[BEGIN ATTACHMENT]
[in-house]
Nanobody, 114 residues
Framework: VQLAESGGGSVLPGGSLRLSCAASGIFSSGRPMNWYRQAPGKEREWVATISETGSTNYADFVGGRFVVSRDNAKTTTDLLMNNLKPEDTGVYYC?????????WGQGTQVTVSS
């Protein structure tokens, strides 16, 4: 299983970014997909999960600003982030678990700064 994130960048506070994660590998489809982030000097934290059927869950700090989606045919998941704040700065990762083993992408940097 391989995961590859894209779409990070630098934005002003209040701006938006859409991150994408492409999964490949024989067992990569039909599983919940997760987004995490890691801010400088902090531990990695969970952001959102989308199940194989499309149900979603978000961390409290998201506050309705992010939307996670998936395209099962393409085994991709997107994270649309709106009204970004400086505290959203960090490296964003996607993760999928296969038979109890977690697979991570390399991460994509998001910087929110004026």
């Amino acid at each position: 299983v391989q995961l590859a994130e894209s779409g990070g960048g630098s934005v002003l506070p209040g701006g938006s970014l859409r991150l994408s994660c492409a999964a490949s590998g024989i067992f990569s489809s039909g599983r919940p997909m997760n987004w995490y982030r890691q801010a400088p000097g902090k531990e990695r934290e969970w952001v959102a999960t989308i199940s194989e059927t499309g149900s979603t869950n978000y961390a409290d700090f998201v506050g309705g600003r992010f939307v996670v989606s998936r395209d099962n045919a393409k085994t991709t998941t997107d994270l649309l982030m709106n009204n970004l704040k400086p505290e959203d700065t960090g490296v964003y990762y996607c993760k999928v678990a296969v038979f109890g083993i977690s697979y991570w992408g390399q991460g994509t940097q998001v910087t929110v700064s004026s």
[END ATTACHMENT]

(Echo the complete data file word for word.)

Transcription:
[in-house]
Nanobody, 114 residues
Framework: VQLAESGGGSVLPGGSLRLSCAASGIFSSGRPMNWYRQAPGKEREWVATISETGSTNYADFVGGRFVVSRDNAKTTTDLLMNNLKPEDTGVYYC?????????WGQGTQVTVSS
């Protein structure tokens, strides 16, 4: 299983970014997909999960600003982030678990700064 994130960048506070994660590998489809982030000097934290059927869950700090989606045919998941704040700065990762083993992408940097 391989995961590859894209779409990070630098934005002003209040701006938006859409991150994408492409999964490949024989067992990569039909599983919940997760987004995490890691801010400088902090531990990695969970952001959102989308199940194989499309149900979603978000961390409290998201506050309705992010939307996670998936395209099962393409085994991709997107994270649309709106009204970004400086505290959203960090490296964003996607993760999928296969038979109890977690697979991570390399991460994509998001910087929110004026």
């Amino acid at each position: 299983v391989q995961l590859a994130e894209s779409g990070g960048g630098s934005v002003l506070p209040g701006g938006s970014l859409r991150l994408s994660c492409a999964a490949s590998g024989i067992f990569s489809s039909g599983r919940p997909m997760n987004w995490y982030r890691q801010a400088p000097g902090k531990e990695r934290e969970w952001v959102a999960t989308i199940s194989e059927t499309g149900s979603t869950n978000y961390a409290d700090f998201v506050g309705g600003r992010f939307v996670v989606s998936r395209d099962n045919a393409k085994t991709t998941t997107d994270l649309l982030m709106n009204n970004l704040k400086p505290e959203d700065t960090g490296v964003y990762y996607c993760k999928v678990a296969v038979f109890g083993i977690s697979y991570w992408g390399q991460g994509t940097q998001v910087t929110v700064s004026s």